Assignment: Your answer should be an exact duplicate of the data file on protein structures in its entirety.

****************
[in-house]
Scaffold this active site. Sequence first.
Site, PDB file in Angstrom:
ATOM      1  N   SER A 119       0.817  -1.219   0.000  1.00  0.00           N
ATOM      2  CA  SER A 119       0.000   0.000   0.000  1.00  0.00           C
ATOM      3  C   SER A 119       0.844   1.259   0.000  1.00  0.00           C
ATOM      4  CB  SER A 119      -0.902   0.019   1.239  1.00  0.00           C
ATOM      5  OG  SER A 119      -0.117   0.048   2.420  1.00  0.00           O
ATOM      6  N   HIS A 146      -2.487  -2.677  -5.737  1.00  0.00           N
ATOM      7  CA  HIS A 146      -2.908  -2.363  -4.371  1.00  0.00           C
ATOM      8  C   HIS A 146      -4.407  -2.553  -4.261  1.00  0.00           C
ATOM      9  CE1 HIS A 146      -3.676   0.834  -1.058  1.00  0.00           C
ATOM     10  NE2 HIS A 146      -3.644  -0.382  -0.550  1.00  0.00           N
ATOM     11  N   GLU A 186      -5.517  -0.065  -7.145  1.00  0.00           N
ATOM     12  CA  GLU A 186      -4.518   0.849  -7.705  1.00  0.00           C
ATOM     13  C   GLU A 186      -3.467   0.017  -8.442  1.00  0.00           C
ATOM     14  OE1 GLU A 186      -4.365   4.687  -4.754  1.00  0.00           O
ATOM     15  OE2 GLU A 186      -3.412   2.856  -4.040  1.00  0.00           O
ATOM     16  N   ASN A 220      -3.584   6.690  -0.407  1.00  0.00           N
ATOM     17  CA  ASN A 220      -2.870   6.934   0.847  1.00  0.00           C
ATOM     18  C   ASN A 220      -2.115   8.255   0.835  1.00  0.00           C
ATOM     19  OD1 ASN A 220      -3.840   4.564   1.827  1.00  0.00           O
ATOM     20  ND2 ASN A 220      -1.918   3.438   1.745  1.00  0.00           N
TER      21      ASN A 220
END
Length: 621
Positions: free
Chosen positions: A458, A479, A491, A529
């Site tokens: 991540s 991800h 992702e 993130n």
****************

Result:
[in-house]
Scaffold this active site. Sequence first.
Site, PDB file in Angstrom:
ATOM      1  N   SER A 119       0.817  -1.219   0.000  1.00  0.00           N
ATOM      2  CA  SER A 119       0.000   0.000   0.000  1.00  0.00           C
ATOM      3  C   SER A 119       0.844   1.259   0.000  1.00  0.00           C
ATOM      4  CB  SER A 119      -0.902   0.019   1.239  1.00  0.00           C
ATOM      5  OG  SER A 119      -0.117   0.048   2.420  1.00  0.00           O
ATOM      6  N   HIS A 146      -2.487  -2.677  -5.737  1.00  0.00           N
ATOM      7  CA  HIS A 146      -2.908  -2.363  -4.371  1.00  0.00           C
ATOM      8  C   HIS A 146      -4.407  -2.553  -4.261  1.00  0.00           C
ATOM      9  CE1 HIS A 146      -3.676   0.834  -1.058  1.00  0.00           C
ATOM     10  NE2 HIS A 146      -3.644  -0.382  -0.550  1.00  0.00           N
ATOM     11  N   GLU A 186      -5.517  -0.065  -7.145  1.00  0.00           N
ATOM     12  CA  GLU A 186      -4.518   0.849  -7.705  1.00  0.00           C
ATOM     13  C   GLU A 186      -3.467   0.017  -8.442  1.00  0.00           C
ATOM     14  OE1 GLU A 186      -4.365   4.687  -4.754  1.00  0.00           O
ATOM     15  OE2 GLU A 186      -3.412   2.856  -4.040  1.00  0.00           O
ATOM     16  N   ASN A 220      -3.584   6.690  -0.407  1.00  0.00           N
ATOM     17  CA  ASN A 220      -2.870   6.934   0.847  1.00  0.00           C
ATOM     18  C   ASN A 220      -2.115   8.255   0.835  1.00  0.00           C
ATOM     19  OD1 ASN A 220      -3.840   4.564   1.827  1.00  0.00           O
ATOM     20  ND2 ASN A 220      -1.918   3.438   1.745  1.00  0.00           N
TER      21      ASN A 220
END
Length: 621
Positions: free
Chosen positions: A458, A479, A491, A529
């Site tokens: 991540s 991800h 992702e 993130n």